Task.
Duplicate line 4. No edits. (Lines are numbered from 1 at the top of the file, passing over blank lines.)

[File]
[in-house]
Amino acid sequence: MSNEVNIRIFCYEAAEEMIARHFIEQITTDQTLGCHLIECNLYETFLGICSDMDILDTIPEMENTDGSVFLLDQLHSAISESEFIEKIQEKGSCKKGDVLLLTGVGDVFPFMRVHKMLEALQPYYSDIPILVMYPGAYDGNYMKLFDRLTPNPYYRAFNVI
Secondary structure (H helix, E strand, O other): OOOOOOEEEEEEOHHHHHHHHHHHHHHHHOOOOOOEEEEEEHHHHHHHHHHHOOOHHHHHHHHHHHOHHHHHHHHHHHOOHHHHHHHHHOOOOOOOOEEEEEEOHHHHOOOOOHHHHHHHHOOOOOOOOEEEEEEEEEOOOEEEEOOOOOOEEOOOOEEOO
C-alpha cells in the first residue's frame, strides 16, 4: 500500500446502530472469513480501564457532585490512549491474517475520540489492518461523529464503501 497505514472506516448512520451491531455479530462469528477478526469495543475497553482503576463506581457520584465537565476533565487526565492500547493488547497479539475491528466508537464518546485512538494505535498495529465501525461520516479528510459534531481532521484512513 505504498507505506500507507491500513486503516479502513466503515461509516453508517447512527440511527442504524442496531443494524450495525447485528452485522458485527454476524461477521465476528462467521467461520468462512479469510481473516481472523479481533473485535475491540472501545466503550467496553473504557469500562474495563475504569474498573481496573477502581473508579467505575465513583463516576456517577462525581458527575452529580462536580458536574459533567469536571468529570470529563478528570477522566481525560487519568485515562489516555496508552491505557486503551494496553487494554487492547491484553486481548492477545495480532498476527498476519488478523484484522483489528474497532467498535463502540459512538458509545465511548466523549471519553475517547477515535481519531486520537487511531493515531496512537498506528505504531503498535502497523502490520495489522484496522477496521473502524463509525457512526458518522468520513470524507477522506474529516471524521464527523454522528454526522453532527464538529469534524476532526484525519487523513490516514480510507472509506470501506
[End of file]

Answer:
C-alpha cells in the first residue's frame, strides 16, 4: 500500500446502530472469513480501564457532585490512549491474517475520540489492518461523529464503501 497505514472506516448512520451491531455479530462469528477478526469495543475497553482503576463506581457520584465537565476533565487526565492500547493488547497479539475491528466508537464518546485512538494505535498495529465501525461520516479528510459534531481532521484512513 505504498507505506500507507491500513486503516479502513466503515461509516453508517447512527440511527442504524442496531443494524450495525447485528452485522458485527454476524461477521465476528462467521467461520468462512479469510481473516481472523479481533473485535475491540472501545466503550467496553473504557469500562474495563475504569474498573481496573477502581473508579467505575465513583463516576456517577462525581458527575452529580462536580458536574459533567469536571468529570470529563478528570477522566481525560487519568485515562489516555496508552491505557486503551494496553487494554487492547491484553486481548492477545495480532498476527498476519488478523484484522483489528474497532467498535463502540459512538458509545465511548466523549471519553475517547477515535481519531486520537487511531493515531496512537498506528505504531503498535502497523502490520495489522484496522477496521473502524463509525457512526458518522468520513470524507477522506474529516471524521464527523454522528454526522453532527464538529469534524476532526484525519487523513490516514480510507472509506470501506